When will Goyal revise his coal plans in line with the new reality? The plans for huge coal UMPPs have been gathering dust on the shelves or Adani, Reliance and Tata for several years. May the dust thicken.

  • Steve Grinwis

    Today India.

    Tomorrow, THE WORLD!

  • Shiggity

    Water consumption is a key issue in this fight.

    Coal uses egregious amounts of water, solar PV uses none. Coal also heavily pollutes the water sources it interacts with, again solar PV has none of these water issues.

    India cannot even get clean water to >75% of it’s population. Solar pv solves two issues at once.

    This water issue is present in all major countries with coal.

    • Steve Grinwis

      Isn’t there still some water requirements for PV to wash the panels? I guess that depends on the amount of rain the area gets.

      • Bob_Wallace

        There are panel cleaning robots that use almost zero water.

        • Steve Grinwis

          That’s awesome!

          • Bob_Wallace

            Here’s one –

          • Ronald Brakels

            This is the robot version of using a soft broom to clean off a solar panel after a duststorm. And now when ever I see a granny standing on a farm roof dusting off the solar panels I’m going to wonder if she’s actually a robot.

  • stephan011

    6.4c per kWh, still much higher than best prices in the US (5.5c) though financing costs are likely much higher in India.

    • Pawan Sharma

      And that’s because India has a local content clause in the tenders that forces bidders to use at least 25% of the panels from Indian manufacturers that are costlier than the chinese ones.

  • vensonata

    I’ll save you the trouble: 4.3 rupees is 6 cents kwh U.S.

    • Ross

      Sorry, already did that before I scrolled down this far. 😉

  • sault

    I already knew we were turning the corner in reducing fossil fuel consumption globally, but this will probably make the “kink” in the s-curve happen much sooner. China and India are the biggest drivers of future coal consumption and emissions, so seeing both economies stop their increasing consumption and fall into decline so rapidly is highly encouraging. Given the crazy-high temperatures we saw in 2015, we need lots more encouraging news for years to come.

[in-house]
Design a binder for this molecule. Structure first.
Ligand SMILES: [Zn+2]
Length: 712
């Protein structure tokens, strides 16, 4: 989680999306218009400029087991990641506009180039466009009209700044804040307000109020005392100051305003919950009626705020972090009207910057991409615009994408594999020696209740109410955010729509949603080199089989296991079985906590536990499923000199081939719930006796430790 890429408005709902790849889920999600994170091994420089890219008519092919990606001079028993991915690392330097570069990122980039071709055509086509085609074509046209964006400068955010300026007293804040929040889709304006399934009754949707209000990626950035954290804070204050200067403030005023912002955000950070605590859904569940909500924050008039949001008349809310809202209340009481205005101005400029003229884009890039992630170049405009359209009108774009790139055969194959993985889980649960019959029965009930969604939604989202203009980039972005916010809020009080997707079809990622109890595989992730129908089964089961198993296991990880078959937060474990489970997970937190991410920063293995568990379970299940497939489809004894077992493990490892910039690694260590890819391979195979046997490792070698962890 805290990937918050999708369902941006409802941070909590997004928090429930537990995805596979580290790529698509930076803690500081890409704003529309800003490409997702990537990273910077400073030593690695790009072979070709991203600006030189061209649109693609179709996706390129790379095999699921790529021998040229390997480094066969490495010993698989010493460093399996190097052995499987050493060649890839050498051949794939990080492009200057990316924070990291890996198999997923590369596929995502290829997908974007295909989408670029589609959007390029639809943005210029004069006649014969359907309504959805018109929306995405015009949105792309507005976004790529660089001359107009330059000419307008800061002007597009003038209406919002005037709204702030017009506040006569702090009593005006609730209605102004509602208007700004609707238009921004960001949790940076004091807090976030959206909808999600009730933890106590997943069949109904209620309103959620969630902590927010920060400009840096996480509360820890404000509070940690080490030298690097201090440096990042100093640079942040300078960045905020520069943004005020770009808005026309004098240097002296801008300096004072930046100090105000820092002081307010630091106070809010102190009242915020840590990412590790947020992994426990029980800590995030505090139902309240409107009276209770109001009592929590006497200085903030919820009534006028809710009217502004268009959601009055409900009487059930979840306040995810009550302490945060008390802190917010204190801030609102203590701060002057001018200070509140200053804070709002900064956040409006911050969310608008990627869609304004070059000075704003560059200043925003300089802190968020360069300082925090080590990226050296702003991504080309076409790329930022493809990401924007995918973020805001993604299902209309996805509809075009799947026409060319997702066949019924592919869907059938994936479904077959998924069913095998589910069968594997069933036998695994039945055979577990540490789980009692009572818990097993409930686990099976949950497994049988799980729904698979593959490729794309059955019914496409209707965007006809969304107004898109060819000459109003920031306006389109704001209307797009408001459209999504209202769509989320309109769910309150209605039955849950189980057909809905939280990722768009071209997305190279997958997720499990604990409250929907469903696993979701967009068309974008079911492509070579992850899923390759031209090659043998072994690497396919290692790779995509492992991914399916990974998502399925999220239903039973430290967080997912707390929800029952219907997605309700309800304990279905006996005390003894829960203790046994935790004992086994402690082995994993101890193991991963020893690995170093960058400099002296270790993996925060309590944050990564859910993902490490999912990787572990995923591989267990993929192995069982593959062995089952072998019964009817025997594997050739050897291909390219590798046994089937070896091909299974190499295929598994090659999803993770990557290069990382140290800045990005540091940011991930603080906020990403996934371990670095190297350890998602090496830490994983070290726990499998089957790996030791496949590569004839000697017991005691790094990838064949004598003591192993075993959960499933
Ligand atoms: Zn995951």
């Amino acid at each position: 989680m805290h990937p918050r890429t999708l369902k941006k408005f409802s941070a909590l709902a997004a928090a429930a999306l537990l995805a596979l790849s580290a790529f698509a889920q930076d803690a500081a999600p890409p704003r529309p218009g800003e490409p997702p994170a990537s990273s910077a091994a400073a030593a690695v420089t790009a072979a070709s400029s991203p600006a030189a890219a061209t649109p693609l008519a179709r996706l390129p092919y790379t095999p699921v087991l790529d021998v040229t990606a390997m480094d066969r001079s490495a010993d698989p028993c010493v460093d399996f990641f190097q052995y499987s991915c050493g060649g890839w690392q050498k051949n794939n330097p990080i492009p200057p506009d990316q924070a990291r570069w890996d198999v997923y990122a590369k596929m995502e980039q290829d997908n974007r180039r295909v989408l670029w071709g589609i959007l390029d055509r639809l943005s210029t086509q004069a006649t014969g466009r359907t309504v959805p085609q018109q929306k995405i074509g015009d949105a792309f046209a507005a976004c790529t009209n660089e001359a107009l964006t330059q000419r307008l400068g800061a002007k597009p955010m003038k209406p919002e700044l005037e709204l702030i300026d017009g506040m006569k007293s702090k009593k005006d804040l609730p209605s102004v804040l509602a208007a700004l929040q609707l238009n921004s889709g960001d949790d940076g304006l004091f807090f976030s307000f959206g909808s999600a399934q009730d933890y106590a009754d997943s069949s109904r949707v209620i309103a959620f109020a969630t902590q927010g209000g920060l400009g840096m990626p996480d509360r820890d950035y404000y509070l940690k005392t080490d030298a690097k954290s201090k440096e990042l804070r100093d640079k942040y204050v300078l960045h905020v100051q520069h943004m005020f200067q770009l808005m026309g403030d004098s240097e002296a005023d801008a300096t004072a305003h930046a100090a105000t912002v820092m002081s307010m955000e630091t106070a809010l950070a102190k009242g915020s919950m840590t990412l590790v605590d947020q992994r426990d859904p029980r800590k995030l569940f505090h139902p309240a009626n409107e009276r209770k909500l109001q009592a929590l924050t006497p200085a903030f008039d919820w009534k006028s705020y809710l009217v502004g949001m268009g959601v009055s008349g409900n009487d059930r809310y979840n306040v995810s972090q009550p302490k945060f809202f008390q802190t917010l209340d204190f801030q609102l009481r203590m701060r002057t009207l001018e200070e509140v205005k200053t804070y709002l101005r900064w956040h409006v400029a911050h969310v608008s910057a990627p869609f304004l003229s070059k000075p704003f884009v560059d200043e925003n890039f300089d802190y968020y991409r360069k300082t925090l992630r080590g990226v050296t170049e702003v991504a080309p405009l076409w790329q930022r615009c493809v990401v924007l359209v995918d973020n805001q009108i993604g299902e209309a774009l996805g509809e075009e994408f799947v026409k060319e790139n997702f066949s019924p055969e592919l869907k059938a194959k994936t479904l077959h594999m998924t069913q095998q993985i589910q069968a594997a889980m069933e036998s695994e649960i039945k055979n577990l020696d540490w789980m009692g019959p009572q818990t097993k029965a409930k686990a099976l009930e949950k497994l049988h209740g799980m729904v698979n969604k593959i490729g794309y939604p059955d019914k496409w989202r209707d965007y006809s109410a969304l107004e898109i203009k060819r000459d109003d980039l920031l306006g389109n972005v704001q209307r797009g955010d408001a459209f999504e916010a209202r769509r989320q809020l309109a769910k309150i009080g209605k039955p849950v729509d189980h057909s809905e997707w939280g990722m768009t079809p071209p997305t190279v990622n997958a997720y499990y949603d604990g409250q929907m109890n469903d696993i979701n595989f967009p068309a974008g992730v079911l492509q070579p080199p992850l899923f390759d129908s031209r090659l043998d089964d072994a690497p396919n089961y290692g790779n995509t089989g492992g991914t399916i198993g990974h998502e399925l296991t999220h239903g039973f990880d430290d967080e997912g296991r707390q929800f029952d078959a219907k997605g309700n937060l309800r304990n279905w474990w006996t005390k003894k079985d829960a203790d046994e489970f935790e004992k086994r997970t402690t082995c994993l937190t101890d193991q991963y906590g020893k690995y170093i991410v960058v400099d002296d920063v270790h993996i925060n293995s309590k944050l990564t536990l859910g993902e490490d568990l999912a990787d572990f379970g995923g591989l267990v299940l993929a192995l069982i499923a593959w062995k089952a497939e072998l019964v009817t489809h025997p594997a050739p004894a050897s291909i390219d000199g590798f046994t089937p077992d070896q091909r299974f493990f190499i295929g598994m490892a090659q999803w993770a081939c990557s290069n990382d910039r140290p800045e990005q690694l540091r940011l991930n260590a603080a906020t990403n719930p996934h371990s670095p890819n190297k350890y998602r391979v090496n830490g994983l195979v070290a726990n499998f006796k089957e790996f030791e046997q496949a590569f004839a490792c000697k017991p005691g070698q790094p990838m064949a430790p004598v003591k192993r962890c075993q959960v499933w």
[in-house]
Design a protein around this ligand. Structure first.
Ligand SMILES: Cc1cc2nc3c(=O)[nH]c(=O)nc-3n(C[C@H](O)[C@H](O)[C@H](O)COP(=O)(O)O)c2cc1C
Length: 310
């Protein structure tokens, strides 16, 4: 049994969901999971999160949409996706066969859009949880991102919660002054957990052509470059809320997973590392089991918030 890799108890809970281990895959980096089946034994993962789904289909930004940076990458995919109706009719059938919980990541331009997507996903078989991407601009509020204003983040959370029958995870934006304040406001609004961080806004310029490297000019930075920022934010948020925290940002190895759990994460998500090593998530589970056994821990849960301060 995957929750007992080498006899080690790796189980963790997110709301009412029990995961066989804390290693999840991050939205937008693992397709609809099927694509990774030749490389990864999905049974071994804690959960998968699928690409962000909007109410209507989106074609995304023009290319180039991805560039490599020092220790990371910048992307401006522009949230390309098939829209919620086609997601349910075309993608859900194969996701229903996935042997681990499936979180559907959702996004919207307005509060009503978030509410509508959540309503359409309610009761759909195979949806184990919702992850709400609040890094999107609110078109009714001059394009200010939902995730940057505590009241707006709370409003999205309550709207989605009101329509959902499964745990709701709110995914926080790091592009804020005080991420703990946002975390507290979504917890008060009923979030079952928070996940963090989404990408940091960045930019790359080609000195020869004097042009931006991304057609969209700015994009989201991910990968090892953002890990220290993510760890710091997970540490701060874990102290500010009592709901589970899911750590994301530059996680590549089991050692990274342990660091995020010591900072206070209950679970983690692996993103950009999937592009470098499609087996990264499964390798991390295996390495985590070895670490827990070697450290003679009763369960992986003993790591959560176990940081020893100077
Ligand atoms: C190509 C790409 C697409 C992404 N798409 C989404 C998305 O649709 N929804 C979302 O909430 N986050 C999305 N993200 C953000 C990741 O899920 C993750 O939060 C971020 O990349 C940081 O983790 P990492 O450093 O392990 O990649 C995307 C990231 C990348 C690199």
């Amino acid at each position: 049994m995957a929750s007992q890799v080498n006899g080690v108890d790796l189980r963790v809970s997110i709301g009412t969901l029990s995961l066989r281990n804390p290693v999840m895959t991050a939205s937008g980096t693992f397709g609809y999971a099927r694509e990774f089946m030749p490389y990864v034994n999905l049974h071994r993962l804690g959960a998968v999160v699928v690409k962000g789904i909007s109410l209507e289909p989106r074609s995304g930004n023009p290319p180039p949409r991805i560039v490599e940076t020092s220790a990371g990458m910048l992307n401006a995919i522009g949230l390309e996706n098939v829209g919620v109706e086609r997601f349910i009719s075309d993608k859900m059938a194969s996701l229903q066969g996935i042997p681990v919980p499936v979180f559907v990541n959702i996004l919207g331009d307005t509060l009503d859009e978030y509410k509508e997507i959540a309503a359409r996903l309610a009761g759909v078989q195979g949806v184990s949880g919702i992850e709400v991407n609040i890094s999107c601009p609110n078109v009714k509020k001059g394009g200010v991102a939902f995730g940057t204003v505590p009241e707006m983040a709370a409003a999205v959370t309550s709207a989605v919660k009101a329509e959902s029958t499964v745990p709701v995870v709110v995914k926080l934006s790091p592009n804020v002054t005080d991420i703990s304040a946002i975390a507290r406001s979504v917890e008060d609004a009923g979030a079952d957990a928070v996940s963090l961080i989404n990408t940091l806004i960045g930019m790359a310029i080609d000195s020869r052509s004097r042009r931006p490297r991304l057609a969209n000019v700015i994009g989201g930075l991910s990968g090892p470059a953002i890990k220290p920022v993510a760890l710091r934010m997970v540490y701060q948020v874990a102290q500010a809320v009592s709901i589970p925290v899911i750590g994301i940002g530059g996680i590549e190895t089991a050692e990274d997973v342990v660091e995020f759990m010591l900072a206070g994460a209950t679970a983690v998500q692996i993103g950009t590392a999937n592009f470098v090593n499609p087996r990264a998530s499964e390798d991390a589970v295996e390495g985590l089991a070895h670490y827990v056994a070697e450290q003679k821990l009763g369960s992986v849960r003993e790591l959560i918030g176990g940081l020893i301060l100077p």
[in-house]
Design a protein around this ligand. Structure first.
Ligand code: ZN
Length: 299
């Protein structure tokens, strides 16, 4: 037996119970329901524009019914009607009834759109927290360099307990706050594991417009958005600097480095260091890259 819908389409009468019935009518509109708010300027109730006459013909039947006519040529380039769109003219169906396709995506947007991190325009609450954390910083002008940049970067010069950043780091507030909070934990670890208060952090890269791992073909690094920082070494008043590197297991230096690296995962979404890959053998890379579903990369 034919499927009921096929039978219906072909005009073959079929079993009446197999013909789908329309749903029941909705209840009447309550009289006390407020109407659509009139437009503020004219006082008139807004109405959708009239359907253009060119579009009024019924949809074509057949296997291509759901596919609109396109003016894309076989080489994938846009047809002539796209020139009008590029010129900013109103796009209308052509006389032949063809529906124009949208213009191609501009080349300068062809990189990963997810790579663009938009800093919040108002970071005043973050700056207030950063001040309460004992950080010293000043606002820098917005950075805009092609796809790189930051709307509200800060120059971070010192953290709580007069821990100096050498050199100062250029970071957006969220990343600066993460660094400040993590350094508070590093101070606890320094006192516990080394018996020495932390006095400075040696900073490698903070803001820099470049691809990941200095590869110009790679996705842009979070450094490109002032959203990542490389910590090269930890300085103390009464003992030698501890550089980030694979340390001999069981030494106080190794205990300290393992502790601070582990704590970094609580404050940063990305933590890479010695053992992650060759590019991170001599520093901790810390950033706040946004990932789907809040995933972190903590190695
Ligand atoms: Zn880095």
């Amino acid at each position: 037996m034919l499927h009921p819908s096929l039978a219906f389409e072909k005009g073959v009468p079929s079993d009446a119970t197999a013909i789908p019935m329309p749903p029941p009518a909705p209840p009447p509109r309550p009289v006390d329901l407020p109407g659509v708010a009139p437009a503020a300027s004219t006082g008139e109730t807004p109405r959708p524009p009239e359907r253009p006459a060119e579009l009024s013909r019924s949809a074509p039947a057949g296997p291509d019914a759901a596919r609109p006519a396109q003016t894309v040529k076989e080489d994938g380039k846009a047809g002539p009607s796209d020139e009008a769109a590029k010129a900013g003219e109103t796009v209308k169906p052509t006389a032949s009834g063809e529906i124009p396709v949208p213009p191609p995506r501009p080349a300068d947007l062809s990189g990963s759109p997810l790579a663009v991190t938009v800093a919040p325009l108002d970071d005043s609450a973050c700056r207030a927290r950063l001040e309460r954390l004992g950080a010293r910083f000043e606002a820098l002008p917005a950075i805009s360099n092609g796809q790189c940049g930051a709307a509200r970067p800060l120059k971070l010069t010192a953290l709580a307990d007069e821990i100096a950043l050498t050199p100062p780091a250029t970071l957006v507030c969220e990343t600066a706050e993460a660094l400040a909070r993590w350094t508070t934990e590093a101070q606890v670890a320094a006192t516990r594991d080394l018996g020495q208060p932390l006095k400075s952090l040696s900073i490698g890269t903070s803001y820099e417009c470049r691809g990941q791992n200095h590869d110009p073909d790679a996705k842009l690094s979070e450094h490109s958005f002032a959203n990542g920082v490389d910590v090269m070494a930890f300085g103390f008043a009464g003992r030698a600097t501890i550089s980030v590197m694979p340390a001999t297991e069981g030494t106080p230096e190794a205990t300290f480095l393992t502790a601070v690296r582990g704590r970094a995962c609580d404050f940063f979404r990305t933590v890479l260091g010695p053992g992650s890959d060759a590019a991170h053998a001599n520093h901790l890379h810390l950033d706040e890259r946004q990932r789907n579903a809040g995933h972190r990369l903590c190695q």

• Bristolboy

      2015 appeared to be the year when wind and solar finally became cheaper than fossil fuels across large parts of the world. Hopefully 2016 will just extend this, and it will also get into wider public consciousness that wind and solar are the economic choice.

      The only reason there hasn’t been an even bigger breakthrough is the corresponding fall in fossil fuel prices, however, these have fallen to levels where the miners lose money. It is now only a matter of time before either wholesale fossil fuel costs increase again (making wind and solar even more competitive) or fossil fuels companies stop producing (taking away the competition from wind and solar).

      And of course, with every passing day, week, month and year technological advancements are decreasing the cost of wind, solar and other renewables; as well as complimentary technologies like electric vehicles and battery storage.

      • dRanger

        And here we have what I think is the most important reason 195 countries were successful in reaching an agreement in Paris: they all realized that renewables were going to undercut fossil fuels on price and regular market forces were inevitably going to reduce emissions anyway. If it’s going to happen anyway, why not take the credit? Not exactly a profile in courage but I’m glad they did it. Who would expect 195 countries to all agree on anything, ever?

        • Frank

          Totally agree. But if any of them want to show a little guts, put a price on everything coming out of a smokestack, or tailpipe. That would help speed things up.

      • Frank

        I’ve been really waiting for this. India just needed to do enough installs to get the price down. The parts prices were already there.

      • Freddy D

        Yep, coal demand may be down a little, but fundamentally, it’s still heavily consumed and oil consumption continues to climb – for now. Natural gas may even be up too. Nonetheless, this is a huge milestone in the history of energy. For new electric generation, buying a coal plant would simply not make economic sense in this environment. Todays viable competitors for new generation are wind, PV, and natural gas.

        • Calamity_Jean

          And the bell will shortly toll for natural gas. Several gas well frackers in the US are quivering on the brink of bankruptcy. Fracking is expensive, and fracked wells run out in just a few years. Within five or six years I expect the price of gas to shoot up as older wells run dry and new ones have to be fracked. With the gas price up, wind and solar will look even more appealing.

    • Ross

      Certainly looks encouraging. If the big beasts of US,China,EU,& India all make good progress the rest of world is unlikely ever go through a heavy Fossil Fuel pollution stage.

    • Freddy D

      This is for comparing new generation facilities and to install a new coal plant today, anywhere, would not make economic sense with the current costs of PV. This is a huge milestone in the history of energy.

      For existing power plants, the economics are more complicated and PV prices have to fall further to render them uneconomical to continue operation. This is because of “sunk costs” – once a plant is built, the construction cost is sunk, whether it runs or not. So the decision as to whether to continue running it comes down to what does it cost for fuel and labor.